After a time, Bartholomew desired to take monastic vows. He invited an abbot to stay with him for a time, and to give him tonsure. On October 7th, the feast of Saints Sergius and Bacchus in the Byzantine Calendar, he received tonsure and was given the name Sergius. After the abbot left, Sergey lived off the land in obscurity. However, he was not entirely alone in the wilderness: he was often visited by wildlife, most famously befriending a bear. The bear did not come to harm him, but to wait for its share of bread. When even this was scarce, St. Sergey would leave his slice for the bear and go hungry himself. The entry gate to the modern-day monastery complex, built on the site of this first chapel, is decorated with a fresco of St. Sergey and the bear. It represents his supernatural mastery of the earthly world, as well as his generosity and hospitality to all who enter in.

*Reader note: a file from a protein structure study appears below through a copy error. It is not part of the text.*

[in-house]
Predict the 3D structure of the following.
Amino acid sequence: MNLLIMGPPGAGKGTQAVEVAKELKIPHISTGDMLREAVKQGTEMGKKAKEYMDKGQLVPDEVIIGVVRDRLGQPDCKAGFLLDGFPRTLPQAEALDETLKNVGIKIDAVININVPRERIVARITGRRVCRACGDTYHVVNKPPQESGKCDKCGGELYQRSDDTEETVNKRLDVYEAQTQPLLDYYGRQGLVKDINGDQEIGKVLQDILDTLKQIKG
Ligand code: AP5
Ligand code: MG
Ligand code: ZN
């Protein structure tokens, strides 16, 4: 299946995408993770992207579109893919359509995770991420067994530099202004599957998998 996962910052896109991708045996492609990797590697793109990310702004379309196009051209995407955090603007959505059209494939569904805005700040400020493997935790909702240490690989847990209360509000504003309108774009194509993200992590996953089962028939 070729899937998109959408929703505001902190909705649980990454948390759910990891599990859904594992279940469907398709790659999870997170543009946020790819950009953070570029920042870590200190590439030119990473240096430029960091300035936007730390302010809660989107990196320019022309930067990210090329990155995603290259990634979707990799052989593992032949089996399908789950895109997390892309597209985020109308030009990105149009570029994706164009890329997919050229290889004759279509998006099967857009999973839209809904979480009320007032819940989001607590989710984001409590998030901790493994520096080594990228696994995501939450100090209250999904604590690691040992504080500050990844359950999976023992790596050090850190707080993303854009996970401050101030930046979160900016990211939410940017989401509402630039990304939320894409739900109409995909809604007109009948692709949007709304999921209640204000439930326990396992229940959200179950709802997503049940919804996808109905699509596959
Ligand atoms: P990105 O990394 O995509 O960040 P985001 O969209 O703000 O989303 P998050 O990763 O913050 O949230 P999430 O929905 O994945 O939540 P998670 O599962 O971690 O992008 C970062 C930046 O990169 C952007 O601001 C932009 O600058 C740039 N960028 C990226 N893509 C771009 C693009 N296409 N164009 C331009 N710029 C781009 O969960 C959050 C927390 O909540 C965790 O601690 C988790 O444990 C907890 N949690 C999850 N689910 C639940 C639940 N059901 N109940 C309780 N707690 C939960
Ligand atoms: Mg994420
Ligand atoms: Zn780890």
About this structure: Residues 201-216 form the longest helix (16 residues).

At other times, demons would visit the monk in animal form, in order to disturb his peace and disrupt his holy life. The medieval hagiography does not pretend to know how many years St. Sergey lived there alone, but after some years, his reputation became known. Monks from other monasteries sought him out and petitioned to endure the ascetic life with him. While he took the monks on as his brothers, he explained that he would not be their abbot, as the root of all evil lies in pride of rank and such ambitions. They all became monks living under the rule of the abbot who had tonsured St. Sergey. When that abbot died, however, the monks besought St. Sergey to be made a priest and abbot. He eventually gave in, though he had desired to live out his life as a regular monk among the brethren.